Recovery drinks, detox teas and slimming drinks: what's the verdict?

IT’S THAT TIME OF YEAR WHEN MANY OF US WILL BE REINSTATING OUR PREVIOUSLY DORMANT GYM MEMBERSHIPS, IMPROVING OUR DIETS & PROFESSING OUR NEWLY INVIGORATED ZEST FOR A HEALTHIER LIFESTYLE – BUT DOES DETOXING OR ‘TEATOXING’ REALLY HAVE THE ANSWER? – JO HELCKÉ OFFERS SOME USEFUL ADVICE


The likelihood is that most of us, at some point in our lives, have given some kind of “miracle health product” a go. Let’s face it, we all love the idea of a quick-fix, one that’s easy and doesn’t involve a good deal of thought or effort. I have an entire kitchen shelf weighed down by zero calorie noodles that my husband enthusiastically invested in only to discover that he found them truly revolting. It was the whole “have your cake (noodles) and eat it” notion which caught him out. Unfortunately, there’s nearly always a catch somewhere…

Recovery drinks are big business these days, to be found all over the place, from supermarket aisles to leisure centre vending machines. Don’t, however, make the error of conflating recovery and energy drinks. They are not the same thing. Energy drinks contain a weird and not-very-wonderful mix of sugars, additives, caffeine and other stimulants that can leave you feeling jittery and wakeful just when you want to fall asleep. Kids seem to be irresistibly attracted to these alarmingly coloured concoctions, so I’d suggest taking preemptive action in the form of early years brain washing with regard to energy drinks… and fizzy drinks, if you ask me but I’m one of “those” mothers.

Recovery drinks, on the other hand, are specifically designed to help replenish your energy stores and repair your body after a long, hard workout. They generally contain a specific ratio of carbohydrates to protein which, research has shown, promotes muscle repair and growth, all whilst helping to reduce post-exercise muscle soreness. So far so good.

Having said this, some interesting research has been conducted which compares milk (chocolate flavoured) and recovery drinks and I’ll give you one guess as to the result. Yes, you’re right, milk appears to contain the perfect protein to carb balance, has no unnecessary and unpleasant additives and is cheaper not just by a mile but by about 6 miles! So it’s a very big thumbs up to milk and a so-so to recovery drinks. I guess, if downing a recovery drink makes you feel a whole lot more sporty then go for it, but I’d rather have the natural, unadulterated product that also happens to be much cheaper.

Whilst recovery drinks have been on the scene for many years, detox teas have made an appearance more recently and again, there seems to be a booming market for them. Now I have a confession: I’m a complete sucker for packaging and many of these supposed miracle infusions are beautifully branded. As a result, I’ve had a few of them lurking in my kitchen cabinets over the years. But what do they claim and do they really do anything useful? Many of them say that they can help you lose weight by revving up the metabolism. If you go onto some of the accompanying websites you’ll find diet plans designed to be followed alongside drinking their magic potions. The diet plans are such that weight loss is likely to occur, regardless of detox tea consumption…Many of these infusions contain added ingredients such as senna – watch out because this is a laxative with all that it entails – and guarana, which is a stimulant that I’d strongly suggest you avoid if insomnia is one of your bugbears. Green tea, which is stuffed full of health-giving antioxidants, also tends to be a key component. My thoughts? Invest in a pack of bog-standard green tea. It’s cheap, it’s good for you and it doesn’t include any peculiar additives. And if, like me, you love a good bit of packaging, then you’ll find all sorts of green teas with a marginal price mark-up all beautifully wrapped up! Try Pukka teas for cool branding, lovely flavours and affordability.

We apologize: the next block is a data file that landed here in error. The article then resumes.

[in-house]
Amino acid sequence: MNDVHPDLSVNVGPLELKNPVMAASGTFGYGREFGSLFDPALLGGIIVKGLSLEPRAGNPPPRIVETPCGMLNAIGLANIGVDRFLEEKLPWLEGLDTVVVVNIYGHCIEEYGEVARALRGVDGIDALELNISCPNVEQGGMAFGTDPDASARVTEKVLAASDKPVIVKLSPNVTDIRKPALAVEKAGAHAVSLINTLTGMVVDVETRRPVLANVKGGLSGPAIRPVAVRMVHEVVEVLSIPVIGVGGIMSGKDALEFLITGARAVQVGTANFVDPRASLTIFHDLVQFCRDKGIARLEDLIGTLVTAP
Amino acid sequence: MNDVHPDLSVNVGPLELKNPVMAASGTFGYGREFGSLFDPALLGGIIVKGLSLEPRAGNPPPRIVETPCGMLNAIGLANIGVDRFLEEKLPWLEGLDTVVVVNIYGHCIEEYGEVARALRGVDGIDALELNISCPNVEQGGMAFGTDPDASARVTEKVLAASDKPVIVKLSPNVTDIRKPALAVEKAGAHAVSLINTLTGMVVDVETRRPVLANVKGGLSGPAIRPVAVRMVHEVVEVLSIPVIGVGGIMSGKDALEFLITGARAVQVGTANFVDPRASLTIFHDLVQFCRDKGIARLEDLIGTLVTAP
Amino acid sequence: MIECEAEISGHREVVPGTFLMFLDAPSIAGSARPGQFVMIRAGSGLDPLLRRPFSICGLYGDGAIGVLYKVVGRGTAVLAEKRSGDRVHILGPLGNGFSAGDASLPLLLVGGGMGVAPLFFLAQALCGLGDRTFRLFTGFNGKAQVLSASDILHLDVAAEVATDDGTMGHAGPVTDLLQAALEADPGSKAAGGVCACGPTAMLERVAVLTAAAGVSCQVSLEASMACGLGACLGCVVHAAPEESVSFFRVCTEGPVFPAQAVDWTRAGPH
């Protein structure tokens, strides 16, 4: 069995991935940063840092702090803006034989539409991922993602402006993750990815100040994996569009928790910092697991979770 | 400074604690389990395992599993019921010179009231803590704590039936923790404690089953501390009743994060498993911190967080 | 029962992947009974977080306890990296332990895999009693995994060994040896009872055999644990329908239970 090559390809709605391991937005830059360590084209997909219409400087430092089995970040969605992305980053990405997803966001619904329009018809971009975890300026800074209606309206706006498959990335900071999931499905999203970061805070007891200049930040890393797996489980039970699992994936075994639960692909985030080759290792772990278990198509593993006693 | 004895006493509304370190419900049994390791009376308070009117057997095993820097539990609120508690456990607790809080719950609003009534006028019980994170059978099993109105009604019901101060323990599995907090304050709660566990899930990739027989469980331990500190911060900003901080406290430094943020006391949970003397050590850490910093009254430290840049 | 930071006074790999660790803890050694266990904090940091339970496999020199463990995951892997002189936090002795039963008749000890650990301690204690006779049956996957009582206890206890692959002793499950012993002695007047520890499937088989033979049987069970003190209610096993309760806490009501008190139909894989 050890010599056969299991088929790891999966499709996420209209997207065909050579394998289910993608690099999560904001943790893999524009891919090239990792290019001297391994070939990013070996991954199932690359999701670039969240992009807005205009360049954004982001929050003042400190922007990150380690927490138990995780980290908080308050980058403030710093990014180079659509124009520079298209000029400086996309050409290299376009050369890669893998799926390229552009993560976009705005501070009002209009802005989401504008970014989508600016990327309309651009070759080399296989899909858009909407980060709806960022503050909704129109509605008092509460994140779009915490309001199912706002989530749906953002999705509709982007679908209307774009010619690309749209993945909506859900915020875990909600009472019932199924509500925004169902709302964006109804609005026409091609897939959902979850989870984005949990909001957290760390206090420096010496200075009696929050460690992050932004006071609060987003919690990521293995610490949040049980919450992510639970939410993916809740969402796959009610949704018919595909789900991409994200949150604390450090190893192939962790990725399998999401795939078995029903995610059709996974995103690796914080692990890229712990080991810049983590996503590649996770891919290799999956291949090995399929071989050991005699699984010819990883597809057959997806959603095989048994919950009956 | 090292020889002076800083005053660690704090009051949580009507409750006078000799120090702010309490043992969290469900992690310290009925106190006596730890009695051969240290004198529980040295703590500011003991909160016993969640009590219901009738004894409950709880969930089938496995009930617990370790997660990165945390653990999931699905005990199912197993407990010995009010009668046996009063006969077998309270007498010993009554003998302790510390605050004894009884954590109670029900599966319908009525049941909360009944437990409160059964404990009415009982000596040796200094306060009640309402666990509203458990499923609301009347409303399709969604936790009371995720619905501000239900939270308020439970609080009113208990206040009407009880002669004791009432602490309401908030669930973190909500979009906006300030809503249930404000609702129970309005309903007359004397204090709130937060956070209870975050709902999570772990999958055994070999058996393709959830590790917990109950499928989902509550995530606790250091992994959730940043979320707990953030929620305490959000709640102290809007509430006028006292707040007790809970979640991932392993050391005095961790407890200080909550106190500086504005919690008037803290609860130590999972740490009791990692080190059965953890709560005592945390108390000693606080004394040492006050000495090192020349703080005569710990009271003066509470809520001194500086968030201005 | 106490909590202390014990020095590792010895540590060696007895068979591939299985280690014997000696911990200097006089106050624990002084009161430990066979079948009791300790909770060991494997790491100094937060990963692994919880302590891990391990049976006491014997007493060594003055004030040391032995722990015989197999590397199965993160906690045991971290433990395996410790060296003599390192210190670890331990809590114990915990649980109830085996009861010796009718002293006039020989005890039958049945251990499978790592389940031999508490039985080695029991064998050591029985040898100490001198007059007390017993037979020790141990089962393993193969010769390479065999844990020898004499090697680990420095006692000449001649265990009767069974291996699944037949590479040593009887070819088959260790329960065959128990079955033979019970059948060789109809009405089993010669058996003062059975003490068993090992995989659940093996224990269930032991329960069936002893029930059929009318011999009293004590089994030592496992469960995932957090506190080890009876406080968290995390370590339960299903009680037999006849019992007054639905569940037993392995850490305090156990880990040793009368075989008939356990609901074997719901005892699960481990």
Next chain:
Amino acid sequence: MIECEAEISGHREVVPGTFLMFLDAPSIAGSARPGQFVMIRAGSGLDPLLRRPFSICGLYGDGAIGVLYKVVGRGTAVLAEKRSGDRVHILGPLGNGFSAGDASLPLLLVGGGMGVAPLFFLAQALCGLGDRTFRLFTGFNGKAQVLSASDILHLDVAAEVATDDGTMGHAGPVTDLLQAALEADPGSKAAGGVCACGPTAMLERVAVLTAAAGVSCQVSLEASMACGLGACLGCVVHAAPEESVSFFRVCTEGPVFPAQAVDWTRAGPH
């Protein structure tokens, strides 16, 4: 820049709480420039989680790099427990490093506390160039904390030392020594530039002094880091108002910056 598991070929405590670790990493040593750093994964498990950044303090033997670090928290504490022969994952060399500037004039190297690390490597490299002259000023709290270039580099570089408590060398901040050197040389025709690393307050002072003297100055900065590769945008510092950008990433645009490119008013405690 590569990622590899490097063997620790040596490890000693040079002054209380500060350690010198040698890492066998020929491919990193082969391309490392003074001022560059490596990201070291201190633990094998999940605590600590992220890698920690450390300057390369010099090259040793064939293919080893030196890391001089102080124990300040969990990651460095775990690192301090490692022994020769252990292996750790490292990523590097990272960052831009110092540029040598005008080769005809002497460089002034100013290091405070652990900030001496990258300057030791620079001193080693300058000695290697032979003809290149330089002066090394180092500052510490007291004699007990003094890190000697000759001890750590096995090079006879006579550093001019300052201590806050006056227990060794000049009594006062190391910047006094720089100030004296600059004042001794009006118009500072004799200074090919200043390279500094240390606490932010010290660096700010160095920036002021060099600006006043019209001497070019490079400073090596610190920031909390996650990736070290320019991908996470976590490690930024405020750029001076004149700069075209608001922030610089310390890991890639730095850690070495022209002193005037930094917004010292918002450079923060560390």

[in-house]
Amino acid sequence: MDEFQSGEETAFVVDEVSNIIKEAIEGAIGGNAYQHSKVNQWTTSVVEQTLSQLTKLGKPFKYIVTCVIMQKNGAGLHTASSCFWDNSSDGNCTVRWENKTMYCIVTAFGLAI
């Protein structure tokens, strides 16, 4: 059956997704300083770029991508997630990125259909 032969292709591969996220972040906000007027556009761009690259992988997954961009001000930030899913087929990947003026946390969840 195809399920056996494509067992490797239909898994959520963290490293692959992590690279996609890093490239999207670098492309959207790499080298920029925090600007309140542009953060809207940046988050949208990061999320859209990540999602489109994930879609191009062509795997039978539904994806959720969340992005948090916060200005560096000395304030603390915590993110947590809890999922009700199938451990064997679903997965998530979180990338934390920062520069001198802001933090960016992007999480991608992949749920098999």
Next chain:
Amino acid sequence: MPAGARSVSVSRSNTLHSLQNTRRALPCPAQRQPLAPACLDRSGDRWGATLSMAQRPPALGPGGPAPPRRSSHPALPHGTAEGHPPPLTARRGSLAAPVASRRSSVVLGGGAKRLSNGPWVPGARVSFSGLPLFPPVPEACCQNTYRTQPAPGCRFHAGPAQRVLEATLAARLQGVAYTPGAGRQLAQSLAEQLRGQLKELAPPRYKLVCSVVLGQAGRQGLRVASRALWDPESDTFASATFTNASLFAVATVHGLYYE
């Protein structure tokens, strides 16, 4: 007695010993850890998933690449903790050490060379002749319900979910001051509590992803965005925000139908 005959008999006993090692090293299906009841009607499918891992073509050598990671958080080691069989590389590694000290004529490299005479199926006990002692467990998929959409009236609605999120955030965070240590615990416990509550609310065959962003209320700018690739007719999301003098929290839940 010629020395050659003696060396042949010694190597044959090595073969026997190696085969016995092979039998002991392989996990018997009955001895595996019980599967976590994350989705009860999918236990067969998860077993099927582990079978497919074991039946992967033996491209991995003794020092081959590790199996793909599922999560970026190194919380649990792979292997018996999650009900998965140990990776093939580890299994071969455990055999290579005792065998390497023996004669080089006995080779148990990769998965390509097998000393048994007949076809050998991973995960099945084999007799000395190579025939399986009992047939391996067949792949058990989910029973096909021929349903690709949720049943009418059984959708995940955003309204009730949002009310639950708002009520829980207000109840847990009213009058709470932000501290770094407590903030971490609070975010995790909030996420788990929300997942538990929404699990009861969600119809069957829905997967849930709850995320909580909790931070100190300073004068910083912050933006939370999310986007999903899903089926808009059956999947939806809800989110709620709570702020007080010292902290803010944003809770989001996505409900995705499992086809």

And so from detox teas to slimming drinks which, again, are very popular judging by the supermarket space dedicated to them. The first suggestion I’d make about these liquid “foods” is that you take a look at the list of ingredients before buying. In the interim let me just tell you that the list is invariably truly scary: it’s vast, it includes countless unpronounceable substances and it contains no palpably edible properties. Slimming drinks are not food despite being marketed as meal substitutes and, importantly, they do not teach normal, healthy eating habits which can be sustained throughout a lifetime. They are, sadly, the very embodiment of our quick-fix culture.

If we – you and I - want to make 2017 the year of good health then let’s just eat… eat good, real, nutritious, varied, health-giving, tasty food.



Dr Joanna Helcke is an expert in pregnancy and postnatal Pilates and winner of the UK's most prestigious fitness award: the 2014 FitPro Award for Excellence in Fitness.

 

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